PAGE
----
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Former Lobo hoops staffer files EEOC charge of discrimination

Cody Hopkins, former director of basketball operations for UNM.

Cody Hopkins, former director of basketball operations for UNM.

The former Lobo men’s basketball operations director accused by UNM of embezzling more than $63,000 from the school in 2015 is starting to fire back.

Cody Hopkins, the 34-year-old former basketball operations director UNM says illegally used a team purchasing card, including using it for nearly $54,000 in ATM cash withdrawals between July and December 2015, says his contract not being renewed and UNM’s handling of the matter has violated his rights. Hopkins has not been charged with a crime.

The Journal this week obtained a copy an Equal Employment Opportunity Commission “charge of discrimination” filed by Hopkins alleging retaliation.

It does not address the allegations of missing money from UNM.

“I believe I have been discriminated against and terminated in retaliation because of my disability in the violation of the Americans with Disabilities Act of 1990,” he wrote in the complaint dated Sept. 26.

Reached by the Journal on Tuesday, Hopkins said: “As I have felt all along, I do not believe that it is appropriate to comment publicly on this matter. Please direct any inquiries to my attorneys. Thank you.”

A message left with Elizabeth L. Higginbotham, his Texas-based attorney handling this matter, but not his potential criminal case, was not returned.

Athletic director Paul Krebs referred all questions to UNM’s attorneys.

“UNM is in the process of preparing its response to the administrative complaint filed by Mr. Hopkins and we will not comment at this time,” UNM spokeswoman Cinnamon Blair told the Journal .

Hopkins claims UNM never properly trained him for handling the finances of the multimillion dollar men’s basketball operation, knew of his drinking problem and was even once sent home from work by head coach Craig Neal because of it in September 2015.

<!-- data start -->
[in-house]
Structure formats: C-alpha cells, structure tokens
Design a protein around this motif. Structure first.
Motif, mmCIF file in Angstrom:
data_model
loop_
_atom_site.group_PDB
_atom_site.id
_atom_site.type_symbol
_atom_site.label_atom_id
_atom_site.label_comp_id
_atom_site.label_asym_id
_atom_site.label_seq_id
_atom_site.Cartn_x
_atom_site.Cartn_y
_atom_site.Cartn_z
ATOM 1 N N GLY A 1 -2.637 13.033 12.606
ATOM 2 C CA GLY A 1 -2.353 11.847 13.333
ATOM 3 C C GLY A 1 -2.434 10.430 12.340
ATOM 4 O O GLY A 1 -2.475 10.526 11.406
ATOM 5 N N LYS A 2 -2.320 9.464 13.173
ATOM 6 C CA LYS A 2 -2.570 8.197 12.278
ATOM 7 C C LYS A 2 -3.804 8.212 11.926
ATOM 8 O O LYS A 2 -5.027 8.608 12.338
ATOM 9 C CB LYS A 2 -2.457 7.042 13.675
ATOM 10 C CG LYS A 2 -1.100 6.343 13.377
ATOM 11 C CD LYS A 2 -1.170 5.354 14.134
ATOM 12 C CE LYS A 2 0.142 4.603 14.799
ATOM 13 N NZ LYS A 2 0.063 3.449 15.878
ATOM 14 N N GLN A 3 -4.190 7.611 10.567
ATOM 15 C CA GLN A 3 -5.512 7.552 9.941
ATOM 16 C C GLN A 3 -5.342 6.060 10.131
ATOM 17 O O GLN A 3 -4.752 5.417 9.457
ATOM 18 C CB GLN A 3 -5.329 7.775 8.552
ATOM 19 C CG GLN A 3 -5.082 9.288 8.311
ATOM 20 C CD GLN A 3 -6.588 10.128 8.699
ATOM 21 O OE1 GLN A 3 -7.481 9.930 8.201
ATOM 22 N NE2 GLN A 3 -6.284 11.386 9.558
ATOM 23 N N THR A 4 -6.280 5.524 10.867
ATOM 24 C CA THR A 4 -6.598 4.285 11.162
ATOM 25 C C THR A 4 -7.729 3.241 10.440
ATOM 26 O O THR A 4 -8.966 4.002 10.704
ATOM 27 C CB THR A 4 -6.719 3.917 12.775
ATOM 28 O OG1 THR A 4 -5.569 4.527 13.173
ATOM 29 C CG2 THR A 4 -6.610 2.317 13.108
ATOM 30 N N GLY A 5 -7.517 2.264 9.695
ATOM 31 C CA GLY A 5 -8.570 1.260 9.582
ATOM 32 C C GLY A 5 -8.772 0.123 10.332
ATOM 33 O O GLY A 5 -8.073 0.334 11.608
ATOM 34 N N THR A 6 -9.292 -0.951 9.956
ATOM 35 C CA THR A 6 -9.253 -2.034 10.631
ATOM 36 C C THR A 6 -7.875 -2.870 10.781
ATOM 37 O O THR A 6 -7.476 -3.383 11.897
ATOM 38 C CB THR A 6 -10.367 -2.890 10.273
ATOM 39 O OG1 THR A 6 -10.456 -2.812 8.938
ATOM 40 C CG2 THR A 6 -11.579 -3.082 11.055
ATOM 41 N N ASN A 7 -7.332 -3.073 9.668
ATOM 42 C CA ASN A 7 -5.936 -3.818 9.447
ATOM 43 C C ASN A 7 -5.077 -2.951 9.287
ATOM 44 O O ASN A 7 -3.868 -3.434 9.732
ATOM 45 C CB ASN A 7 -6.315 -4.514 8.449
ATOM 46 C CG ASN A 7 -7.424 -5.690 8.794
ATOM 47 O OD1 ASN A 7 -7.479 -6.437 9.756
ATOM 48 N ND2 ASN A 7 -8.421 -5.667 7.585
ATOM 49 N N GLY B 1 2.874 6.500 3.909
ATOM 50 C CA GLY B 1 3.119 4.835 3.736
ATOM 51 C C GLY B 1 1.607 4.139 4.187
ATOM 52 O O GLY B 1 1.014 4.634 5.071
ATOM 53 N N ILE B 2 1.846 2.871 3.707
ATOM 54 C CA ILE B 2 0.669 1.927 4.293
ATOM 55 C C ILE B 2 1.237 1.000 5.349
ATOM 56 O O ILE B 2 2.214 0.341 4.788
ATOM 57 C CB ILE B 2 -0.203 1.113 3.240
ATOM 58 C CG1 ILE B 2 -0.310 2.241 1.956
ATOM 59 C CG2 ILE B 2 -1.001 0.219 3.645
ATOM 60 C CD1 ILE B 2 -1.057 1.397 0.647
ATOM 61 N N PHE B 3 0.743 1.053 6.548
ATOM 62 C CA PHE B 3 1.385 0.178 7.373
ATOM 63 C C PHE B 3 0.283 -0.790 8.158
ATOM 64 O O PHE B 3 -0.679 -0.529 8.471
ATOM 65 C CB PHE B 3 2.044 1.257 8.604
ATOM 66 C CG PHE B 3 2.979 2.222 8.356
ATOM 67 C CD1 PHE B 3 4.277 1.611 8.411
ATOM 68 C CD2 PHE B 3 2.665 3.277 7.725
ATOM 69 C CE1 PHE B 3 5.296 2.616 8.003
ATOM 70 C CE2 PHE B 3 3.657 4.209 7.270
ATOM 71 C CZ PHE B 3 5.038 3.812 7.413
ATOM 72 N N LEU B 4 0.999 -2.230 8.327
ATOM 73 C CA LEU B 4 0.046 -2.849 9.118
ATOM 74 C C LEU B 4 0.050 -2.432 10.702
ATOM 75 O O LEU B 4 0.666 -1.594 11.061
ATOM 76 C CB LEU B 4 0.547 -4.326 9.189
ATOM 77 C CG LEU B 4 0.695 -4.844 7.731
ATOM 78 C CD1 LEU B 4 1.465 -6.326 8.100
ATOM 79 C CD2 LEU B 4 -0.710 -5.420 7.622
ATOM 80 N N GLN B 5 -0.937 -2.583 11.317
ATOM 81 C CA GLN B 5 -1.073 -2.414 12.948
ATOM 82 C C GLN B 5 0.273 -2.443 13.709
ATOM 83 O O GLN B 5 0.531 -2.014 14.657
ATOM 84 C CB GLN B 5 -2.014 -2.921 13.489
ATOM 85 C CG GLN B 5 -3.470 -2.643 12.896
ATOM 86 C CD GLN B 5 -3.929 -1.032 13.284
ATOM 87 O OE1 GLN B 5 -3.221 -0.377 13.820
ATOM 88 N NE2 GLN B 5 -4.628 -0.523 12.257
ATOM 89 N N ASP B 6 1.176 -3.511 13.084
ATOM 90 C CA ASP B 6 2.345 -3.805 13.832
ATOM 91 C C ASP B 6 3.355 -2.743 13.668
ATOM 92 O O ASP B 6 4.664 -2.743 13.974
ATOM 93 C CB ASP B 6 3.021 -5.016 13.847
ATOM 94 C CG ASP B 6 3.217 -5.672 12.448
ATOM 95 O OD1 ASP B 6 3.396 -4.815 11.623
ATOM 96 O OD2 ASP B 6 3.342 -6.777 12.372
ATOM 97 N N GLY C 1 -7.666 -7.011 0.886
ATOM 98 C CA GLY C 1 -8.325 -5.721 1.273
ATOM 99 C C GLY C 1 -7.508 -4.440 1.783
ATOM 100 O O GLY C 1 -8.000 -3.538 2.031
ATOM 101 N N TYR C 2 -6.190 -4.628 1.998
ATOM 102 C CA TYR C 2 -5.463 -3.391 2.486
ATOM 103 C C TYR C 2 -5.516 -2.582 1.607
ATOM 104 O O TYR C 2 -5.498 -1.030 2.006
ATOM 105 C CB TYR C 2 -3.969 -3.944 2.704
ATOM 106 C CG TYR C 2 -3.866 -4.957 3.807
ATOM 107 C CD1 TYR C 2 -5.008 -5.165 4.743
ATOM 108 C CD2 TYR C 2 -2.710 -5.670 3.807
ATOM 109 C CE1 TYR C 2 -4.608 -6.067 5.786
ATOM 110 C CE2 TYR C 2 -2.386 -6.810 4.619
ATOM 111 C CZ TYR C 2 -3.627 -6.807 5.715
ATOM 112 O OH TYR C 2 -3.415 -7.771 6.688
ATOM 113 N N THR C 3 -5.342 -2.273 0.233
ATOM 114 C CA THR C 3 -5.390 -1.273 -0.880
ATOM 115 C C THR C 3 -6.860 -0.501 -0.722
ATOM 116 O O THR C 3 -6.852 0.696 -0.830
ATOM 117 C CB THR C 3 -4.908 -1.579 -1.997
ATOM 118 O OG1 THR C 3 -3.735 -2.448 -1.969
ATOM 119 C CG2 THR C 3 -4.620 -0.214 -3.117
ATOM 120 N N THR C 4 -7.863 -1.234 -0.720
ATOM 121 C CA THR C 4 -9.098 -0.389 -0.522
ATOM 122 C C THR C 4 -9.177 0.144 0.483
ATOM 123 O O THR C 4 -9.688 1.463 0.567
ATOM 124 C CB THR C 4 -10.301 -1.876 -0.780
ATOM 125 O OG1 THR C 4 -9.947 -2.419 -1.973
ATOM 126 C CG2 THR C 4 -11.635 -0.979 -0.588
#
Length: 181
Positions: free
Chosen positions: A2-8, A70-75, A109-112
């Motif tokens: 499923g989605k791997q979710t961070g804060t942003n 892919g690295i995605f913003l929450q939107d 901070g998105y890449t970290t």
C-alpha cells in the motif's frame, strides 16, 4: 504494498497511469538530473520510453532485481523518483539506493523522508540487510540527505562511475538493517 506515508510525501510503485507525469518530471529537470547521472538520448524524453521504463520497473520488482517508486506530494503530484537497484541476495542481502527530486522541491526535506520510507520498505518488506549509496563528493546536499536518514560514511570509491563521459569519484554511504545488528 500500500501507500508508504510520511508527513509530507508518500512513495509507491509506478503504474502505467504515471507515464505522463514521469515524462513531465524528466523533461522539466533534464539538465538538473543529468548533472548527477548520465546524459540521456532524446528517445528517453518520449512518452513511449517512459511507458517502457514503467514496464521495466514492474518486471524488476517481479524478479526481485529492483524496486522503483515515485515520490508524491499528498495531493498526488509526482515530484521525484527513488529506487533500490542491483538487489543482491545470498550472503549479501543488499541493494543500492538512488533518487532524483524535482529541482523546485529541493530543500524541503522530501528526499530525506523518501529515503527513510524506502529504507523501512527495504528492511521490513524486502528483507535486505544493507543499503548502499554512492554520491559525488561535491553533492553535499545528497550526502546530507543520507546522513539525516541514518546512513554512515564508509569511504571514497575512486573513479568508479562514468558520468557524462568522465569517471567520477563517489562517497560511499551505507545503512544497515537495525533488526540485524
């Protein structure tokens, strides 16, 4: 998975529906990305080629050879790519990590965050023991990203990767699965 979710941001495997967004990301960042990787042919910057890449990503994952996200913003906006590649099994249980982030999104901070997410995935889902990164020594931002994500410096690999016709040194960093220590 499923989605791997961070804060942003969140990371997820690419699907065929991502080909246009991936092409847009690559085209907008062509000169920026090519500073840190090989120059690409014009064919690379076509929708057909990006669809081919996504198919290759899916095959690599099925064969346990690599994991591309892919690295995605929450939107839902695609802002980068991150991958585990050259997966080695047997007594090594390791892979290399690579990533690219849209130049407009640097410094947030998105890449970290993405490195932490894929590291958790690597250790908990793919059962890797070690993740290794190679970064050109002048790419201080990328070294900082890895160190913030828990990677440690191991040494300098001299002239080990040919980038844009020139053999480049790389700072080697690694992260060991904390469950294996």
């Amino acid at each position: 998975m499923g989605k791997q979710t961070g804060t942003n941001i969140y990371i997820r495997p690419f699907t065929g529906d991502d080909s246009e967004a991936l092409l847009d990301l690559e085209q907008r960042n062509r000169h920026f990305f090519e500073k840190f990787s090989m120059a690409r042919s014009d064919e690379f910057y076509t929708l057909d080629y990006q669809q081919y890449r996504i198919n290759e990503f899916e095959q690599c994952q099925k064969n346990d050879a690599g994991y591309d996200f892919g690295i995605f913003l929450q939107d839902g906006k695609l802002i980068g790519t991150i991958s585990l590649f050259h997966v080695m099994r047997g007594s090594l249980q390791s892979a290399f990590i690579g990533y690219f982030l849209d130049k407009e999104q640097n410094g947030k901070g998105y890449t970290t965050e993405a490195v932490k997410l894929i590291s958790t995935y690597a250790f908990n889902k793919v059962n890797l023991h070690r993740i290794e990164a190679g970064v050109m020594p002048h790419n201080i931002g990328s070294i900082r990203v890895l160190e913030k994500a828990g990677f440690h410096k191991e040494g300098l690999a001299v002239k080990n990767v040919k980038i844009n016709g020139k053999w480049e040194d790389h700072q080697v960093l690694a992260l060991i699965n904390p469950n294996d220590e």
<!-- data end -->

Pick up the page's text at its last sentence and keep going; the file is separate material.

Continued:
On Dec. 7, Hopkins says he informed Neal he “had to get treatment for my addictions and other disabilities” and would be entering an inpatient treatment facility. Hopkins’ claim states Neal told him that, with Krebs knowledge, they “would support me 100 percent” in getting treatment and he even filed paperwork through the human resources department to get the treatment as part of the Family Medical Leave Act.

But while in the treatment facility, UNM released a statement to the media that Hopkins was placed on leave and being investigated for misuse of university funds.

“When I got out of treatment on January 8, 2016, I found out from a co-worker that I was being set up as an ‘individual gone rogue’ and that I was collateral damage,” he wrote in the EEOC complaint. He was later told his contract would not be renewed and also says UNM released medical information to the media.

In May, Krebs told the Journal, “This is an isolated act of one individual. … Cody was immediately placed on leave of absence when it was discovered it was more than just somebody who was (behind on bookkeeping).”

Since Hopkins was placed on leave, three UNM athletics employees have been disciplined for roles in not identifying or stopping the misuse, though UNM says none of their actions were criminal.

A 39-page audit report released in May focused on transactions only from July-December 2015 noted athletics was aware Hopkins withdrew nearly $40,000 in cash the previous fiscal year and that didn’t result in his “P-card” use being restricted.

UNM athletics has acknowledged to the Journal that Hopkins met regularly with supervisors in athletics, though not in the basketball office, in the months before his leave. It also has said his use of the “P-card” was discussed in those meetings. Those supervisors, though apparently aware of his being behind on reconciling the card transactions, never tried restricting his use of the card or felt it necessary to stop him from using it as he had been for months.

It was not until his Dec. 7 meeting with Neal that the use of the card in his name was stopped.

Albuquerque-based attorney Paul Kennedy continues to represent Hopkins on any potential criminal case that arises from the matter. The district attorney’s office reiterated to the Journal on Tuesday that the case is still being reviewed and no determination has been made if it has the evidence needed to present it to a grand jury for possible indictment.

The UNM police report given to the DA’s Office references an unsigned, undated confession letter Hopkins reportedly gave to Neal in December. But UNM now says the police report is wrong in its account of who knew about that letter and when. And, despite a several-month investigation into why and how the money had gone missing, auditors were never told of the letter and it wasn’t referenced in the audit report.

The letter, UNM has since said, had been placed in Hopkins personnel file and forgotten about while the audit was being conducted.

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